So, while there have been some really welcome improvements when it comes to health risk-taking behaviours, other areas have not improved; and some trends in wellbeing, particularly for girls and for poorer children, have been going in the wrong direction. Why, when we are more aware than ever of the importance of early years to long-term health and other social outcomes, are these and other children’s services among those facing the biggest cuts? We welcome the Prime Minister’s focus on children’s mental health, but it’s time that the contradiction of resources and wider policies not aligning with what we know about the importance of children’s and young people’s health and wellbeing is addressed.

Comments

Julia Ross

Position
chief strategist care and health,
Organisation
pi Ltd
Comment date
27 January 2017
Excellent points and this neglect of childrens health and social care makes no send short or long term
The causes are no doubt complex and will be hard to tackle
However. Having recently spent some time looking at children's data, across health and social care and indeed education and housing, I am less than surprised. The hard data intelligence is sadly lacking and has lagged way behind the current progress in the adult world. Why ?

David Rogers

Position
Vice-Chair,
Organisation
Healthwatch Devon
Comment date
27 January 2017
Agree both with David's blog and Julia's comments above. Don Berwick's blog (also just read) offers some hope re children's activity levels, if such schemes implemented elsewhere. Earlier this week I attended the launch of Sugar Smart Exeter, where there was great enthusiasm for tackling childhood obesity and dental caries.

Richard Shircore

Position
Specialist in Communty and Public Health,
Organisation
www.healthpromotion.uk.com
Comment date
04 April 2017
We have a major problem with Child and Adolescent Mental Health. None of the speakers featured in this report, sought to define what they were talking about. Yet child mental health is a problematic and contested concept. It is plagued by differing organisations, health, education, social services and youth offending all having different methodologies and methods.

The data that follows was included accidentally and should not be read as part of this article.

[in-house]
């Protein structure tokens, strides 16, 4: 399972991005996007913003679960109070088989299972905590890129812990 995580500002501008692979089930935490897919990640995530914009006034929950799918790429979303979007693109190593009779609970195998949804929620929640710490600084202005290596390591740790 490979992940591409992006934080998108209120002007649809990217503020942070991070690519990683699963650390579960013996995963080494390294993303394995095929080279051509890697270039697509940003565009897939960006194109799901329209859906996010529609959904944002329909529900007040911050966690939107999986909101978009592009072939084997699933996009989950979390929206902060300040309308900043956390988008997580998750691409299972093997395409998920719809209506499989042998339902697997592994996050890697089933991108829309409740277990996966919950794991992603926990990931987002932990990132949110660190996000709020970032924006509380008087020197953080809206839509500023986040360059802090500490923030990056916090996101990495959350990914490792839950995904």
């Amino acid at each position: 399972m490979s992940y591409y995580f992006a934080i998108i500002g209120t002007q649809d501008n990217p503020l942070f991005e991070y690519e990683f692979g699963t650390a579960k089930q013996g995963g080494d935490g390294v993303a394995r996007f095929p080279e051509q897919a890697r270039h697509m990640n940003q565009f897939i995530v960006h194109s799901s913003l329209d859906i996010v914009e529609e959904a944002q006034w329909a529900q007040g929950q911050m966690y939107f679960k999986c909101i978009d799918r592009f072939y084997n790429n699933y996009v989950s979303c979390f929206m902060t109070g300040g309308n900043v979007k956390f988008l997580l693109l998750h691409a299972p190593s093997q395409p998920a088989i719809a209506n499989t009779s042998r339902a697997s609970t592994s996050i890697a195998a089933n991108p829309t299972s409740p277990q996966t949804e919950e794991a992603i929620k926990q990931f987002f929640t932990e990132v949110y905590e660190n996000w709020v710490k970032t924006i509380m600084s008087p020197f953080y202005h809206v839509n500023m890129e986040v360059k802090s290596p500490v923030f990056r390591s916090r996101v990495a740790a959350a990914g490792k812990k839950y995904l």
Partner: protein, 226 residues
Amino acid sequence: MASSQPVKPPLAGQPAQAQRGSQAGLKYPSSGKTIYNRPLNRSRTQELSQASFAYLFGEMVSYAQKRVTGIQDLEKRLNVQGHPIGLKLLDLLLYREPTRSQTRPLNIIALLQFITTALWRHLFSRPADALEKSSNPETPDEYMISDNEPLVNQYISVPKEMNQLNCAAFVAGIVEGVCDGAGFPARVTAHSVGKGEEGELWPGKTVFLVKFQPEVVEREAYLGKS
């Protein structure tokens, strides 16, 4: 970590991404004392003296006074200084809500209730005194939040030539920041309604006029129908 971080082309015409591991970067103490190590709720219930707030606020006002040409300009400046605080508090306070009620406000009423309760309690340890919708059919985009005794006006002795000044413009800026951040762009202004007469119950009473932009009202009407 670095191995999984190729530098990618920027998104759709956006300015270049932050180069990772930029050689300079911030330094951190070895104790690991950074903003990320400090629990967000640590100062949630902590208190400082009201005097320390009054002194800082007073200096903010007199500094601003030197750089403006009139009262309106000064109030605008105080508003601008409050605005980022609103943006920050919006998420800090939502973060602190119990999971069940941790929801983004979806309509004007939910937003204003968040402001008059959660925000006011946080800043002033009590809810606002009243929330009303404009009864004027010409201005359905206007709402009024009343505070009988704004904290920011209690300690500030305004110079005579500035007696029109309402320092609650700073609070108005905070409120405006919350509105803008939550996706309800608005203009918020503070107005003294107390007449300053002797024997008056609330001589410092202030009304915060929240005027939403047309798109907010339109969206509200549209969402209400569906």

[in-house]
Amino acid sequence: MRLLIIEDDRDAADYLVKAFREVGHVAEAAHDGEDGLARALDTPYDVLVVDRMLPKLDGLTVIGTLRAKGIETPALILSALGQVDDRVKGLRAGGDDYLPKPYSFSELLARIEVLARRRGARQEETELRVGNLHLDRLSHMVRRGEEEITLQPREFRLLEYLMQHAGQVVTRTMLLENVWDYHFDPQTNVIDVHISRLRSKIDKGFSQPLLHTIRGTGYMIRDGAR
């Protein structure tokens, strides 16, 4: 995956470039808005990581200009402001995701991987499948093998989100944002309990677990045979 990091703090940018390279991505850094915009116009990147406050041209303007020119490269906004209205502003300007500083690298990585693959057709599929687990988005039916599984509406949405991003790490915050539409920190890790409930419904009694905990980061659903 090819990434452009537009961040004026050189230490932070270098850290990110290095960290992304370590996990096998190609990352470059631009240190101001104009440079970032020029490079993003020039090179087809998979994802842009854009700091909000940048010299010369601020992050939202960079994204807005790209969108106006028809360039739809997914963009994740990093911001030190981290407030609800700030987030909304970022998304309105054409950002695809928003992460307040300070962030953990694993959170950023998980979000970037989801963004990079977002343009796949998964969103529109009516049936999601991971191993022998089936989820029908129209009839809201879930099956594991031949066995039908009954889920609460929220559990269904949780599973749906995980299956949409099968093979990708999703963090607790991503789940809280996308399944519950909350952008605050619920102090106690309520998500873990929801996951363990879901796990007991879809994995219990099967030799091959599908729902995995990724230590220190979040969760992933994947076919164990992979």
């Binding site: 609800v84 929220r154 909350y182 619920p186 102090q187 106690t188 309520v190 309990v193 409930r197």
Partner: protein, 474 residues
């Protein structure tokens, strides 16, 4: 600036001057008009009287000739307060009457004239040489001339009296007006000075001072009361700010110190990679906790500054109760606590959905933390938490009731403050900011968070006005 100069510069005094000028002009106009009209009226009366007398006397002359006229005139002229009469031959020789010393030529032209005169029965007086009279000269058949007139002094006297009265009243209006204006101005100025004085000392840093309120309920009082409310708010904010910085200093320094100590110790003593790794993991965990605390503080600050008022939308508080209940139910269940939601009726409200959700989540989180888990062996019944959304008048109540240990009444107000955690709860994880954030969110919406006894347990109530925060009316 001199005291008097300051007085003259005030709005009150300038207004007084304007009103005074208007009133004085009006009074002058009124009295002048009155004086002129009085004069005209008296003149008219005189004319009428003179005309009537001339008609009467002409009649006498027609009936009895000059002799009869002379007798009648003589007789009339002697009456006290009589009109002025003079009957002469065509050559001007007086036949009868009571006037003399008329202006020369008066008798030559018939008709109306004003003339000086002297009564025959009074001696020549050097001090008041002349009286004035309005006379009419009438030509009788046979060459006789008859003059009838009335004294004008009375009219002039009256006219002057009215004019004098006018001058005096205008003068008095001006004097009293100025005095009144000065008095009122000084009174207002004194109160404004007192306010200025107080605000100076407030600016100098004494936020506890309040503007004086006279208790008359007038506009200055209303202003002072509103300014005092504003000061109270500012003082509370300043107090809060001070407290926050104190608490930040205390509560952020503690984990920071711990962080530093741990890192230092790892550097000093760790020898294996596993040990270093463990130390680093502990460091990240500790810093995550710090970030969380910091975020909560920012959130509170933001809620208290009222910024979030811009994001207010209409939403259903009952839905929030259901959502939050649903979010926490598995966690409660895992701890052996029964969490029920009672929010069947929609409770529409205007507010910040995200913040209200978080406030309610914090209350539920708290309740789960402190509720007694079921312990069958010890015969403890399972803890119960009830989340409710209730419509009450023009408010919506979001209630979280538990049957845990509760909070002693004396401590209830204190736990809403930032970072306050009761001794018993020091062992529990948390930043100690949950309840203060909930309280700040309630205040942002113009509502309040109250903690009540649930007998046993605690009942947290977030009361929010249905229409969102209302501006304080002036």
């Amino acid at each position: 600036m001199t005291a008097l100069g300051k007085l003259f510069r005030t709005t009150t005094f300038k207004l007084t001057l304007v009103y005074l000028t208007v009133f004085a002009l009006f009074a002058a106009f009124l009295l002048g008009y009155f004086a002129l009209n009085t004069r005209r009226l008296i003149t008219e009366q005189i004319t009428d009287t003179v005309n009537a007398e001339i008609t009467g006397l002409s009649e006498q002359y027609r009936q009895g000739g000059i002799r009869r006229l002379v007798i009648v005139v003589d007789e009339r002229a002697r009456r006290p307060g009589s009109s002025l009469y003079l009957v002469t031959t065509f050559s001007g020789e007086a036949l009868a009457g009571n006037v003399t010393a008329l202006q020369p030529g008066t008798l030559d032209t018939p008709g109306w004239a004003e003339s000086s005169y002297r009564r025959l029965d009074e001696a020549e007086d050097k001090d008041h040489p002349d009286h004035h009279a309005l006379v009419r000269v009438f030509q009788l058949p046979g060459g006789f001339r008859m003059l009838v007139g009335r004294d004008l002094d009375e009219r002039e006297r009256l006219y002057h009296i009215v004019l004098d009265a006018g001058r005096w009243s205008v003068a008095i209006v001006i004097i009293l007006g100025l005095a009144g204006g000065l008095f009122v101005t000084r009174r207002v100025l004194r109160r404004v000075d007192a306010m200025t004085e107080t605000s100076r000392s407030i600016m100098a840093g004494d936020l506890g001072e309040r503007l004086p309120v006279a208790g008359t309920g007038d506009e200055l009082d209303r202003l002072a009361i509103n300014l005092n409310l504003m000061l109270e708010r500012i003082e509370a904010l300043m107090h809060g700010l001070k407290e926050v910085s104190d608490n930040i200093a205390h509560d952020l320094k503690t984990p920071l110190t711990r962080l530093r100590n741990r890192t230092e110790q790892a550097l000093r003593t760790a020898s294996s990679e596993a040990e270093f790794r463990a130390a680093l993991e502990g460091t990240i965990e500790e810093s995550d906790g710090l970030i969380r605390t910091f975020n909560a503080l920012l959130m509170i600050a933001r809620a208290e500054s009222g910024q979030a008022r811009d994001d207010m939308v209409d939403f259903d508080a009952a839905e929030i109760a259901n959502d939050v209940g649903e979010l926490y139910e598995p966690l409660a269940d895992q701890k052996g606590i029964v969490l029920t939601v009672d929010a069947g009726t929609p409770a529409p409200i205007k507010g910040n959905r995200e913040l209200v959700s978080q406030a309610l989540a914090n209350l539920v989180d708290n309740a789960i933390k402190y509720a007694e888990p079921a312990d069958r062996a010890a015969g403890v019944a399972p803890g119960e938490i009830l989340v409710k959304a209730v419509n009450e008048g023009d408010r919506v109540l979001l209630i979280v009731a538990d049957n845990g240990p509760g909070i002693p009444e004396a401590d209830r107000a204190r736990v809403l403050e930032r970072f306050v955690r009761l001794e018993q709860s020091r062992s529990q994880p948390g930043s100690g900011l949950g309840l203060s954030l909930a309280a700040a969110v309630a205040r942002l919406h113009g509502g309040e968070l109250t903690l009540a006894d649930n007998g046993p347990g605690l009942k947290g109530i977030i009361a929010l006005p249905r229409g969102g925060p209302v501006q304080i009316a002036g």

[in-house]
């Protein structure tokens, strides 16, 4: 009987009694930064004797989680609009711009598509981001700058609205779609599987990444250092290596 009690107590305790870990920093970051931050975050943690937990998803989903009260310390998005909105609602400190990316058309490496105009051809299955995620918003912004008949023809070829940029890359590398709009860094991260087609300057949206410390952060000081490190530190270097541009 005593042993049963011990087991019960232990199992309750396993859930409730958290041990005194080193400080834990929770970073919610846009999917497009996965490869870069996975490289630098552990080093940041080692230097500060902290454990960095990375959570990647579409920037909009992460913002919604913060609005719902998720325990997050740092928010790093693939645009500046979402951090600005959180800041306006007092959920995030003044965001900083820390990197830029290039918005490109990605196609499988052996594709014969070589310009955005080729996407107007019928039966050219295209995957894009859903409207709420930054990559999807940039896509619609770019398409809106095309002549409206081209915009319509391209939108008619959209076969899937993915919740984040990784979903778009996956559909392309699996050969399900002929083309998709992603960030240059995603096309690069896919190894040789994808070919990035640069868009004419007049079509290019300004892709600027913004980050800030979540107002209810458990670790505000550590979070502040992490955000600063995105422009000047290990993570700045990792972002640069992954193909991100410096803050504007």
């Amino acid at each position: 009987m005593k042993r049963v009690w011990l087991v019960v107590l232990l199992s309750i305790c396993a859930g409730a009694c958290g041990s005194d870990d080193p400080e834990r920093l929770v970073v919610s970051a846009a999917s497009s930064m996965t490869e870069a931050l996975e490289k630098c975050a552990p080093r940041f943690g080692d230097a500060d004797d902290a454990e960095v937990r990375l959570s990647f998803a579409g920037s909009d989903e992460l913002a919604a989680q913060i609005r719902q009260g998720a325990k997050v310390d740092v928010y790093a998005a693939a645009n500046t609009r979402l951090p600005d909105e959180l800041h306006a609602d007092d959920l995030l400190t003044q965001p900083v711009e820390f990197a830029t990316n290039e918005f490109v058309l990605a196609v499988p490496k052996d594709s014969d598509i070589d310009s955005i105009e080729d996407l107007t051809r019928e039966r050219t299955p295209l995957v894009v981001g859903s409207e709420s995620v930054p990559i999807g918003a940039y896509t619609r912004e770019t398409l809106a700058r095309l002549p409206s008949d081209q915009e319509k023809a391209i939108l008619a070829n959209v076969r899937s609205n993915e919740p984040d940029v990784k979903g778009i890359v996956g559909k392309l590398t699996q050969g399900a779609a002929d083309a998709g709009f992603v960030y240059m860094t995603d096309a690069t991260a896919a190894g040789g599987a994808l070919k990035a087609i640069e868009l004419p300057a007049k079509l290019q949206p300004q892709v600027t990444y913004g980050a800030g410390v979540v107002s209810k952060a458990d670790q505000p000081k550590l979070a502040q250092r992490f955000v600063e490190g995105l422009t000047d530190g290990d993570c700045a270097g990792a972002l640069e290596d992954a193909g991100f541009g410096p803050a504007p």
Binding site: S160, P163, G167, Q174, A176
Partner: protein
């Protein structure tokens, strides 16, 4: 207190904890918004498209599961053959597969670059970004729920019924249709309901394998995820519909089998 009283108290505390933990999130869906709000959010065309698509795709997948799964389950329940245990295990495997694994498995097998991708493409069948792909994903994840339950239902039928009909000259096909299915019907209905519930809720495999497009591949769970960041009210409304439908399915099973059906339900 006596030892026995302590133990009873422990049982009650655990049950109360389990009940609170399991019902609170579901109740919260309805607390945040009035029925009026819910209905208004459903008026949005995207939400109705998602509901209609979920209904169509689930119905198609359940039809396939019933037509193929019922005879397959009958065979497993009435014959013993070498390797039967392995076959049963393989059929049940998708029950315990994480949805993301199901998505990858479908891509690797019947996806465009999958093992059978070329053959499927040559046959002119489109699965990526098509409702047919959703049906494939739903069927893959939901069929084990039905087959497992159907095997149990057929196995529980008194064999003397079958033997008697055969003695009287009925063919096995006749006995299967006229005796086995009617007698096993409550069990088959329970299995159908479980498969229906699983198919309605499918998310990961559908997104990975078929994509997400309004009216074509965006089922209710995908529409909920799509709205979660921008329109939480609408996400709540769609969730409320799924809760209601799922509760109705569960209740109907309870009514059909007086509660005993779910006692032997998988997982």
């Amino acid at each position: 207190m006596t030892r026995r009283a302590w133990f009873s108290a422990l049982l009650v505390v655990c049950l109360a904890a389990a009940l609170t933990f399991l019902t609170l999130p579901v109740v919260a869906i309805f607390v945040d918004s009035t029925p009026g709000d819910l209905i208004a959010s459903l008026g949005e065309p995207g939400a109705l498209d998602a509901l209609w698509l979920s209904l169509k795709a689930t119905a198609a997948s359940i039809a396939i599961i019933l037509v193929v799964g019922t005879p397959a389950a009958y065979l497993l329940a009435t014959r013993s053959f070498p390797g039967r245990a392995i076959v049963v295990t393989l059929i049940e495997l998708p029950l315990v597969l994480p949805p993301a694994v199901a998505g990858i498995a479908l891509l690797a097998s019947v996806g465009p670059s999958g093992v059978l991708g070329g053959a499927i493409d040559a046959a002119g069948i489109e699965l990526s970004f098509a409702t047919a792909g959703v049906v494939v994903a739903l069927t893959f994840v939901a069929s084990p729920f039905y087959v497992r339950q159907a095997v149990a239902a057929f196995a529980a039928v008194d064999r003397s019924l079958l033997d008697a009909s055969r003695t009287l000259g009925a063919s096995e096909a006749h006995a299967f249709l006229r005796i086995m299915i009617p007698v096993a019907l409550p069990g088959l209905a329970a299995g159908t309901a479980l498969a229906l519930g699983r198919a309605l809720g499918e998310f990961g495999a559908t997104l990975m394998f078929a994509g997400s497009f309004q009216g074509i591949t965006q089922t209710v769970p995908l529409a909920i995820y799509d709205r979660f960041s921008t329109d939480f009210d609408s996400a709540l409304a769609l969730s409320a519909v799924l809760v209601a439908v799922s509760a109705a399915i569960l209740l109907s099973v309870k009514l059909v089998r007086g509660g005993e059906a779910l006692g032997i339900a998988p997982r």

The greatest threat to young people's mental health is that there is no "early stage, evidence based assessment pathway" for the child, so as to identify exactly what are the issues to be addressed. Child behaviour as interpreted as "mental health" can be caused by organic brain issues, environmental stress e.g. failure to be able to engage with curriculum, biological stress (e.g. sleep deprivation), an undiagnosed learning difficulty, poor non-verbal communication skills etc... Unless an evidence based assessment is carried out - with no presumption as to cause - we shall continue to fail children in respect to their "mental health".

Sioban Boyce

Position
Communication/Behaviour Specialist,
Organisation
Not Just Talking
Comment date
17 May 2017
Thank you David Buck for again highlighting the poor development of children since the 1980s observed by me firstly as a Speech and Language Therapist then as someone determined to get non-verbal conversational skill development on the agenda.
It is not just screens that cause the problem with behaviour, poor emotional understanding, limited socialisation, not achieving educational potential and as a result falling into anti-social behaviour but other things that impact on the development of non-verbal conversational skills such as forward facing buggies, lack of the family meal table